The “18×8” pattern, again in accordance with FIGS. 12 and 13 of U.S. Pat. No. 5,098,764, has a rectangular pyramidal structure that is approximately 0.085 inches by 0.03 inches at the base. Three drain holes are located along the 0.085 inch side, one at mid pyramid and one at each corner (six holes surround the pyramid). There is no drain hole in the mid location of the 0.03 inch dimension. Drain holes are 0.02 inches diameter and pyramid height is 0.07 inches. The longer axis of each pyramid of this forming surface was oriented 30 degrees relative to the machine direction.
Reference in the test data to a “tricot” image makes reference to a pattern configured in accordance with U.S. Pat. No. 5,674,587.
Reference in the test data to “web forming method” is indicative of fiber orientation. Designation A refers to use of an all crosslap, low draft, polyester fiber web. Designation B refers to a web formed from one-half crosslap, and one-half carded polyester fiber webs. Designation C refers to a 100% in-line carded polyester fiber web. Designation D refers to a web having 70% in-line card with machine direction orientation, and 30% cross directional randomized polyester fibers. Designation E refers to an all crosslap polyester fiber web with high draft.
Percentage of binder reflected in the test data shows the percent of the polymeric binder composition, which comprises acrylic binder, by weight.
In the accompanying test data, “% binder concentration” refers to the variable “X%”, that is, the percent, by weight, of the binder bath composition which comprises the acrylic binder. Samples of the binder composition can be dried and weighed to determine the “percent solids” of the composition. Depending upon the amount of binder composition applied to the nonwoven fabric (in current practice, the “wet pick-up” of the binder composition is targeted at 130% <≡˜5%, based upon a target fabric weight of 2.5 ounces per square yard), the weight of solids applied to the fabric can be readily calculated. For example, “21% binder concentration” corresponds to approximately 0.35 ounces per square yard of solids applied to a nonwoven fabric having a basis weight of 2.0 ounces per square yard.
As will be observed, a number of the illustrated samples provided cross-direction stretch and recovery characteristics whereby the fabric can be used as the substrate of the stretchable laminate of the present invention. As will be appreciated, variations in fiber orientation and binder add-on can be made, while still achieving the desired characteristics for the resultant web.
Fabrics formed for use as the substrate of the present invention preferably exhibit a ratio of machine direction tensile strength to cross-direction tensile strength of about 1:1 to about 3:1, more preferably about 2:1. This ratio is preferably less than about 5:1, which would be typical of fabrics formed from a 100% carded fiber web. An Instron Model 4465 can be employed for testing.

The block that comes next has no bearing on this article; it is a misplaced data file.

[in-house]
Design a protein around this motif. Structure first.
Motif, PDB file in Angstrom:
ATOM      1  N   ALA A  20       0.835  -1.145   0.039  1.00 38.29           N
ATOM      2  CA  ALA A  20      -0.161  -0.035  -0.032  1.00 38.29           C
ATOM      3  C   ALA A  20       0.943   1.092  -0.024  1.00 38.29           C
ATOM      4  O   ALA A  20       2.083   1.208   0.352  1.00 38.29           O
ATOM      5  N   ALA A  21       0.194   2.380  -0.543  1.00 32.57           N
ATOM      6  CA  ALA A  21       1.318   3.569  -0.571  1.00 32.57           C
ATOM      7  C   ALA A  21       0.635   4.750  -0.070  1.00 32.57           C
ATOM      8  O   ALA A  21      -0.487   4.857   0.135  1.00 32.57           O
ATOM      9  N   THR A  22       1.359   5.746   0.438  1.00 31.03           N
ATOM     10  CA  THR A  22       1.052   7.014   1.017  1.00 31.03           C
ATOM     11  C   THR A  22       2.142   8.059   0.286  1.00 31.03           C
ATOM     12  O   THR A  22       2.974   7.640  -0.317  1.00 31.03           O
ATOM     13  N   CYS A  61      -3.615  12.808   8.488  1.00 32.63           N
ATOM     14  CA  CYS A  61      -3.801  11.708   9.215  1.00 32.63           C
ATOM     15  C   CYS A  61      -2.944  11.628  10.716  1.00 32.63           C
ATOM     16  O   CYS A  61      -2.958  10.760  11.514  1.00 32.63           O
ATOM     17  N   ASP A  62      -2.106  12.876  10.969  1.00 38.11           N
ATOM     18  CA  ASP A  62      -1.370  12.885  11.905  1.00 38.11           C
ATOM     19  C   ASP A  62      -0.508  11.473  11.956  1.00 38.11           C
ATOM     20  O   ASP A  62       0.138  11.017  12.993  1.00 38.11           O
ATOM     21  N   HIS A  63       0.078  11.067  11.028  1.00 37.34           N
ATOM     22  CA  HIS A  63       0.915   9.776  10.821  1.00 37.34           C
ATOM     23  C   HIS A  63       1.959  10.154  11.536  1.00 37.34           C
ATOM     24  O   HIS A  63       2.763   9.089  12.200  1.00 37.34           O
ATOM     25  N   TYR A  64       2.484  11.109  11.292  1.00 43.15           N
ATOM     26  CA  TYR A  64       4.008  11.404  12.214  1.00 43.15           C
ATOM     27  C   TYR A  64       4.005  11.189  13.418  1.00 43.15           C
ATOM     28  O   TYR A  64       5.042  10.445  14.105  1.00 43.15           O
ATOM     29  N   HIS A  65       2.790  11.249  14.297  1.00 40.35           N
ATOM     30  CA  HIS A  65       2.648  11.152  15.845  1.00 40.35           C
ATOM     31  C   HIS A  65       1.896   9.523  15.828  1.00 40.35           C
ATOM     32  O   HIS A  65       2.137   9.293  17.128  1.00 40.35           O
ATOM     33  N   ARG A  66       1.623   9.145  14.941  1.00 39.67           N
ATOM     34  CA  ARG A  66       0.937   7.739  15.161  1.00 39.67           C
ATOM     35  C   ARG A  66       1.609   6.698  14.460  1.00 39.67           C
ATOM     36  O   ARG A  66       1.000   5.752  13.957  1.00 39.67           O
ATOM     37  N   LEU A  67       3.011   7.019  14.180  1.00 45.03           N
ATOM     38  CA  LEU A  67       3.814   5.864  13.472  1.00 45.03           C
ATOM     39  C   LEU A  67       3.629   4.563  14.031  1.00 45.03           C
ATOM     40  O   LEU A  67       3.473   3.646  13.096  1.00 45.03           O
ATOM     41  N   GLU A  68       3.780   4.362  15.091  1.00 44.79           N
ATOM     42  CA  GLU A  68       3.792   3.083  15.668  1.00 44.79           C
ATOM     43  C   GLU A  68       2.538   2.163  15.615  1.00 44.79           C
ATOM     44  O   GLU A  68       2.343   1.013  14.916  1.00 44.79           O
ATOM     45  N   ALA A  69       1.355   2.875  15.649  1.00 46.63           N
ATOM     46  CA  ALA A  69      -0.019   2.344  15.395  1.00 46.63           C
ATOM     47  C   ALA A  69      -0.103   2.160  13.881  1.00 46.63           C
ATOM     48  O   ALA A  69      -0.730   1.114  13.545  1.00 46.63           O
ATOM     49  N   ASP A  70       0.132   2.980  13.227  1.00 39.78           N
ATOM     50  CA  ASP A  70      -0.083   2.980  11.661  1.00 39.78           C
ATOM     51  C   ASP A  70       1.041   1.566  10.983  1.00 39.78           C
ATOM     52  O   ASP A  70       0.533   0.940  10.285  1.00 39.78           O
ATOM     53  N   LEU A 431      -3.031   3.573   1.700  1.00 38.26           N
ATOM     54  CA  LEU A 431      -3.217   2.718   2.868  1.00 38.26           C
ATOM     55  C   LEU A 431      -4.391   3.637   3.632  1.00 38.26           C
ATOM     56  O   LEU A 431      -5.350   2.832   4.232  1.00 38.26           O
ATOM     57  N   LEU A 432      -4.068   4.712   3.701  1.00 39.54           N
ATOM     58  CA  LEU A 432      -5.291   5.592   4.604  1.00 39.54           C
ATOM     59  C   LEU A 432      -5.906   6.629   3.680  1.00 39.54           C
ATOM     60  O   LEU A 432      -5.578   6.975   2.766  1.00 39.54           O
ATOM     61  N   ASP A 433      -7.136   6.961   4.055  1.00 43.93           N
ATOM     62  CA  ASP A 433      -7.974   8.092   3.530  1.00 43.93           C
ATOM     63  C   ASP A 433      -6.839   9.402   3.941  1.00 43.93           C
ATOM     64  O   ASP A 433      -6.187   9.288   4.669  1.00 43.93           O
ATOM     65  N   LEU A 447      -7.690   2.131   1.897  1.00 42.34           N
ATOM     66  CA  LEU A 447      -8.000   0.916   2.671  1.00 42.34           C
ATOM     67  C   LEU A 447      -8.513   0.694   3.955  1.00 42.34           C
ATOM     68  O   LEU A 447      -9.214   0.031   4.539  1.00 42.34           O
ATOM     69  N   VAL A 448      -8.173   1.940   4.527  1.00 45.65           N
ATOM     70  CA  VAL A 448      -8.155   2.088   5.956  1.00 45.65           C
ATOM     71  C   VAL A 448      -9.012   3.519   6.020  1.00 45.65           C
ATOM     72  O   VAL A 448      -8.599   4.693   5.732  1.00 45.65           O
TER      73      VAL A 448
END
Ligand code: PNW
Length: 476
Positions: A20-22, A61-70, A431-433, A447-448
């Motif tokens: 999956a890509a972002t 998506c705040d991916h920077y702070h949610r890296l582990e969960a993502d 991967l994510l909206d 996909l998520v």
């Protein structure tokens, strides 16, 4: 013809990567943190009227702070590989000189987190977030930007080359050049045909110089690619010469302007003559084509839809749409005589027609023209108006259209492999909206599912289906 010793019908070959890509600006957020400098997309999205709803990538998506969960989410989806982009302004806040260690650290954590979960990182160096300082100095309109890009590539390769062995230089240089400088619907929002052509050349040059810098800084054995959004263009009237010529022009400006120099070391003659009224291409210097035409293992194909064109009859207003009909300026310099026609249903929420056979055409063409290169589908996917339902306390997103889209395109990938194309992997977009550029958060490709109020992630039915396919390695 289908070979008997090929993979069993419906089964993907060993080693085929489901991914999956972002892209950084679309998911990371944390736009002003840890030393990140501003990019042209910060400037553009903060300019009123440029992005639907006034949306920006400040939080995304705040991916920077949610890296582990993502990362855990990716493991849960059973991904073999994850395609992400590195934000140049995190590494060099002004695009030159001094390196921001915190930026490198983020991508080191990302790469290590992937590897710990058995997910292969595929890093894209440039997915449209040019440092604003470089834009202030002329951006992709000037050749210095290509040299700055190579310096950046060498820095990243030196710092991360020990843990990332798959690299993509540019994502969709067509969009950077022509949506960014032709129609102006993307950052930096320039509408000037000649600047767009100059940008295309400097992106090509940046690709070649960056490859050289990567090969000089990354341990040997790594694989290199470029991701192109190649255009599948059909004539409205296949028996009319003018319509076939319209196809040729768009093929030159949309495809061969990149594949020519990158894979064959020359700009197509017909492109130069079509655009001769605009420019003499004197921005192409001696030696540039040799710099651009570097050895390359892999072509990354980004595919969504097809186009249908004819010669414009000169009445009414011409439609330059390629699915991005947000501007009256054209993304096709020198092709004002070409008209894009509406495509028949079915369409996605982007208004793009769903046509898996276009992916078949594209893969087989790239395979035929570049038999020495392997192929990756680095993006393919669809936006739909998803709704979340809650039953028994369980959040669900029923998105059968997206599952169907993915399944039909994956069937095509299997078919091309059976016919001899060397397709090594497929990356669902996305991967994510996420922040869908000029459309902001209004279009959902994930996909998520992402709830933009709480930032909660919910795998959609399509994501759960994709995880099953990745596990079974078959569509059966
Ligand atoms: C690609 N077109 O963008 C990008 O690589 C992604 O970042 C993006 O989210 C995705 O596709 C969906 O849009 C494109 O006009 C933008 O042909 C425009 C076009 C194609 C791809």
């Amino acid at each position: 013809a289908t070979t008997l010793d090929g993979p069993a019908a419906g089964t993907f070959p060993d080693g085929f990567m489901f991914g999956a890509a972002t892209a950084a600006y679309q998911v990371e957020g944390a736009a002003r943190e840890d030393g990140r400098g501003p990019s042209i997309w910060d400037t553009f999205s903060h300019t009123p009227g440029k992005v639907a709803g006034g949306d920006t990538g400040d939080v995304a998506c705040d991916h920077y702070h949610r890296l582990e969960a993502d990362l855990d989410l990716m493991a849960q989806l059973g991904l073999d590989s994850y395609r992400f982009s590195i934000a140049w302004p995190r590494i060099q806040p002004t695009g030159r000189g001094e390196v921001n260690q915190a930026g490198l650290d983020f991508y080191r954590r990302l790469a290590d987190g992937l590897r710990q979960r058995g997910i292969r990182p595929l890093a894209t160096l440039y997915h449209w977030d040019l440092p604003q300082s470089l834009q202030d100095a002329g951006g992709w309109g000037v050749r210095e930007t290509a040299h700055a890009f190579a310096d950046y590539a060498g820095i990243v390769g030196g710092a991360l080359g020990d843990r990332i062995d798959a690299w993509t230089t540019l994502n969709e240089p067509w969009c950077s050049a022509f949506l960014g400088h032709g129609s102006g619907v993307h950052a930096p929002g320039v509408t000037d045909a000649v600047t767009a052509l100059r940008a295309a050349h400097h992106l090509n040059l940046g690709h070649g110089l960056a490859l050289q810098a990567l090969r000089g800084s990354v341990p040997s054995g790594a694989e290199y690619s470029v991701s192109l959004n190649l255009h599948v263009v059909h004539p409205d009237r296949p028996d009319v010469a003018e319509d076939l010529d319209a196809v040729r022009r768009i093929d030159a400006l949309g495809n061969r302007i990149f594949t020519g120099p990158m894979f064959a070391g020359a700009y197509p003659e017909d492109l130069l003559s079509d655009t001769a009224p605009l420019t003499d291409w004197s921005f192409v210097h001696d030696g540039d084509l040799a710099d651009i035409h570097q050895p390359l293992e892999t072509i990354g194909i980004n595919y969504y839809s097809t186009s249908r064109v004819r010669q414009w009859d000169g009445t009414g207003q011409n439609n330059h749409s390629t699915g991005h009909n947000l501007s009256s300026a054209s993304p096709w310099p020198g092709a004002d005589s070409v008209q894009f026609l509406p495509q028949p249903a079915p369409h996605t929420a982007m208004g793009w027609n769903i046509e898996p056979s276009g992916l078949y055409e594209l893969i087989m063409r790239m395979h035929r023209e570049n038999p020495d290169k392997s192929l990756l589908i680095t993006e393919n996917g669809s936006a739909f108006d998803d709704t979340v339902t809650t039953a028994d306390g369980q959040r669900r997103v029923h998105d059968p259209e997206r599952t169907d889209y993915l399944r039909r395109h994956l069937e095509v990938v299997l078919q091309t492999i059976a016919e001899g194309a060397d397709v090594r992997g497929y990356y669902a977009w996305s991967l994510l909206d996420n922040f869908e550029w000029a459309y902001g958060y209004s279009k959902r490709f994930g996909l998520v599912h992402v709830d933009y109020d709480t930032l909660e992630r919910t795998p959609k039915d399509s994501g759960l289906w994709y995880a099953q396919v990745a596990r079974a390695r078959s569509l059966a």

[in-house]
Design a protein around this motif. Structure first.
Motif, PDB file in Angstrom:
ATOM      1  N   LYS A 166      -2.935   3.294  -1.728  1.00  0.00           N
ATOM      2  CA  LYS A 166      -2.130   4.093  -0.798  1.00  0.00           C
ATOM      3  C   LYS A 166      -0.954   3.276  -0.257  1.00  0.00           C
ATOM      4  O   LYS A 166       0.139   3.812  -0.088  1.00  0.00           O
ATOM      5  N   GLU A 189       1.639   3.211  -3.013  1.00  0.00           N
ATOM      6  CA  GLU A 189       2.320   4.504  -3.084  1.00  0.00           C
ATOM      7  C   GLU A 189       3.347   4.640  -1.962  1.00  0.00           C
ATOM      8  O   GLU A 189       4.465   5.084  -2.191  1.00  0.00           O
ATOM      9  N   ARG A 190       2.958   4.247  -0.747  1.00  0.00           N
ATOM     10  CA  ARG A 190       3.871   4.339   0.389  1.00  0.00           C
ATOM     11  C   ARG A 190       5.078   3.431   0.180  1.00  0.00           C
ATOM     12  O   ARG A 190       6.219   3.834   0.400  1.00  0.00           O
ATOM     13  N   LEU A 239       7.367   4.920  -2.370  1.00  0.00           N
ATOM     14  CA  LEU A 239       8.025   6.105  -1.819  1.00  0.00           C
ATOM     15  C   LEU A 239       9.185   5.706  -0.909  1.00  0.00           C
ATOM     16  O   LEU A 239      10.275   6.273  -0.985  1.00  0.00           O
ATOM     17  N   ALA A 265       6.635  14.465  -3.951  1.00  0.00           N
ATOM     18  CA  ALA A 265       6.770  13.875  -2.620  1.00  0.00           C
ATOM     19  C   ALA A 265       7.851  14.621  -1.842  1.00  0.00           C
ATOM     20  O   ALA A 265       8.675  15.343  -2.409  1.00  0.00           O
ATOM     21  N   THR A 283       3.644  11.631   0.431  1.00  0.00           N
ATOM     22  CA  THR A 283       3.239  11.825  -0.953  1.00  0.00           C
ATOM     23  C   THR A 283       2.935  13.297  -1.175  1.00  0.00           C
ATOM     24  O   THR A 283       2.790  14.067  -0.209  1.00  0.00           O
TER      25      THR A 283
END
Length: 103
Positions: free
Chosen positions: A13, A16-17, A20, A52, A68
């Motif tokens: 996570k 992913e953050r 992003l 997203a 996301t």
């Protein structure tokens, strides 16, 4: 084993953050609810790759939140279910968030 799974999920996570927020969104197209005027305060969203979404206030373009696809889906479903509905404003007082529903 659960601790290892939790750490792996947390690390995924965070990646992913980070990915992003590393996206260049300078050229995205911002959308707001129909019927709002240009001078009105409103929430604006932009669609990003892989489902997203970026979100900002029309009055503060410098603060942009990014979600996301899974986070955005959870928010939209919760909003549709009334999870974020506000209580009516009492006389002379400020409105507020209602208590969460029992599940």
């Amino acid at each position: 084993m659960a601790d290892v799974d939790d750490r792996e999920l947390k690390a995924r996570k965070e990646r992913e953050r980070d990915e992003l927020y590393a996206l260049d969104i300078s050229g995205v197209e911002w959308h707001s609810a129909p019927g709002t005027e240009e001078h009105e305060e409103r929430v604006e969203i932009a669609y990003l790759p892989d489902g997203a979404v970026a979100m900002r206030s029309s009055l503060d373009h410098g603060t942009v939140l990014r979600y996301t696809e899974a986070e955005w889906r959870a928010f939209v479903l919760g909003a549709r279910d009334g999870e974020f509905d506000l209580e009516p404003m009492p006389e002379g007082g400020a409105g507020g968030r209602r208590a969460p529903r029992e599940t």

In accordance one preferred form of the present invention, the nonwoven fabric of the stretchable laminate comprises staple length polyester fibers of about 0.8 to 3.0 denier having a basis weight of about 1.0 to 4.0 ounces per square yard. Polymeric binder compositions are substantially uniformly applied to the nonwoven web of the fabric, with the binder composition comprising between about 17% and 31%, by weight, of acrylic binder. The fabric exhibits at least about 50% extensibility in the cross-direction, and more preferably at least about 60%, and at least about 90% recovery in the cross-direction, and more preferably at least about 95%.
Fabrics which are presently particularly preferred are designated in the Table as formed on a 20×20 @ 45 image transfer device, with 26% add-on, formed from web forming method C (100% in-line carded web) and D (70% in-line card, 30% cross-directional randomized fibers).
In accordance with the present invention, the above-described nonwoven fabric is used as a substrate for a synthetic leather product, with the nonwoven fabric receiving a flexible coating selected from the group consisting of polyurethane and polyvinylchloride to impart a leather-like look, while obtaining a stretchable laminate that can provide properties of fit and conformability for applications where this can be a critical performance component. Such applications can include upholstery, where the present stretchable laminate affords a better fit to shape the substrate and conform it to a piece of furniture, or athletic shoes where fit is also critical in certain sections of the shoe to provide tight control of the ankle.
The nonwoven fabric substrate can be covered with the elastomeric composition so that the composition has a basis weight from 10 g/m2 to 240 g/m2, with a thickness between about 0.020 inches to 0.125 inches, depending on the application. The coating can be applied to the nonwoven fabric substrate by extrusion or in accordance with other known application and coating techniques.
From the foregoing, it will be observed that numerous modifications and variations can be effected without departing from the true spirit and scope of the novel concept of the present invention. It is to be understood that no limitation with respect to the specific embodiment illustrated herein is intended or should be inferred. The disclosure is intended to cover, by the appended claims, all such modifications as fall within the scope of the claims.